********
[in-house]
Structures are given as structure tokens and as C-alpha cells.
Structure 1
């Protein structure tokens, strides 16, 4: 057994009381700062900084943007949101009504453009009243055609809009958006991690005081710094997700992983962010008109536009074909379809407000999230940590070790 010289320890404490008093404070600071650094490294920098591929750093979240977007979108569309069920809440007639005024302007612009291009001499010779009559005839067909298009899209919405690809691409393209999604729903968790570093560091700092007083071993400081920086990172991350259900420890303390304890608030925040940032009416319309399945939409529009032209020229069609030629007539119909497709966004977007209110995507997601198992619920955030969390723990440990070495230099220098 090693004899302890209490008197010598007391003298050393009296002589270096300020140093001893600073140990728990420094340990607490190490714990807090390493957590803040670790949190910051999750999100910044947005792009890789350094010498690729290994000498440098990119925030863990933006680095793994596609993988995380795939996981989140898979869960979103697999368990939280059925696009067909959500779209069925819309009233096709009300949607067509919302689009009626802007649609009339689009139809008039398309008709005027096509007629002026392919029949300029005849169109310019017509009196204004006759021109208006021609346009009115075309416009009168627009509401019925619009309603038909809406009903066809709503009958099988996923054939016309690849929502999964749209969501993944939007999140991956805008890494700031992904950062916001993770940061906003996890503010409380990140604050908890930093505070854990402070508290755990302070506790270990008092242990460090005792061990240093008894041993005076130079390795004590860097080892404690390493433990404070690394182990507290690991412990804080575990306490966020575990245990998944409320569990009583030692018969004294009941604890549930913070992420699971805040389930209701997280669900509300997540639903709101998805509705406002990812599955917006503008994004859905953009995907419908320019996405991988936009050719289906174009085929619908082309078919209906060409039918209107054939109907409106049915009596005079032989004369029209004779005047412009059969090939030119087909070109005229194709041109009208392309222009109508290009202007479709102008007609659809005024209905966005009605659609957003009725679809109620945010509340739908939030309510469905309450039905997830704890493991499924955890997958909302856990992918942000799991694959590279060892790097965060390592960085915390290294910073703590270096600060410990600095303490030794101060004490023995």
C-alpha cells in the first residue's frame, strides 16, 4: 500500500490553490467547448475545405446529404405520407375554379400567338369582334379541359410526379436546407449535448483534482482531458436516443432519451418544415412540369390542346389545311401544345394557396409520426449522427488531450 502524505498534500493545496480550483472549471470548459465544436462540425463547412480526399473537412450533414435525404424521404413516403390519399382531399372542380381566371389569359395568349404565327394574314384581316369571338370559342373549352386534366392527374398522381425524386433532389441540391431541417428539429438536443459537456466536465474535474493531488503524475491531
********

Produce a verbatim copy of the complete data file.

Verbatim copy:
[in-house]
Structures are given as structure tokens and as C-alpha cells.
Structure 1
């Protein structure tokens, strides 16, 4: 057994009381700062900084943007949101009504453009009243055609809009958006991690005081710094997700992983962010008109536009074909379809407000999230940590070790 010289320890404490008093404070600071650094490294920098591929750093979240977007979108569309069920809440007639005024302007612009291009001499010779009559005839067909298009899209919405690809691409393209999604729903968790570093560091700092007083071993400081920086990172991350259900420890303390304890608030925040940032009416319309399945939409529009032209020229069609030629007539119909497709966004977007209110995507997601198992619920955030969390723990440990070495230099220098 090693004899302890209490008197010598007391003298050393009296002589270096300020140093001893600073140990728990420094340990607490190490714990807090390493957590803040670790949190910051999750999100910044947005792009890789350094010498690729290994000498440098990119925030863990933006680095793994596609993988995380795939996981989140898979869960979103697999368990939280059925696009067909959500779209069925819309009233096709009300949607067509919302689009009626802007649609009339689009139809008039398309008709005027096509007629002026392919029949300029005849169109310019017509009196204004006759021109208006021609346009009115075309416009009168627009509401019925619009309603038909809406009903066809709503009958099988996923054939016309690849929502999964749209969501993944939007999140991956805008890494700031992904950062916001993770940061906003996890503010409380990140604050908890930093505070854990402070508290755990302070506790270990008092242990460090005792061990240093008894041993005076130079390795004590860097080892404690390493433990404070690394182990507290690991412990804080575990306490966020575990245990998944409320569990009583030692018969004294009941604890549930913070992420699971805040389930209701997280669900509300997540639903709101998805509705406002990812599955917006503008994004859905953009995907419908320019996405991988936009050719289906174009085929619908082309078919209906060409039918209107054939109907409106049915009596005079032989004369029209004779005047412009059969090939030119087909070109005229194709041109009208392309222009109508290009202007479709102008007609659809005024209905966005009605659609957003009725679809109620945010509340739908939030309510469905309450039905997830704890493991499924955890997958909302856990992918942000799991694959590279060892790097965060390592960085915390290294910073703590270096600060410990600095303490030794101060004490023995």
C-alpha cells in the first residue's frame, strides 16, 4: 500500500490553490467547448475545405446529404405520407375554379400567338369582334379541359410526379436546407449535448483534482482531458436516443432519451418544415412540369390542346389545311401544345394557396409520426449522427488531450 502524505498534500493545496480550483472549471470548459465544436462540425463547412480526399473537412450533414435525404424521404413516403390519399382531399372542380381566371389569359395568349404565327394574314384581316369571338370559342373549352386534366392527374398522381425524386433532389441540391431541417428539429438536443459537456466536465474535474493531488503524475491531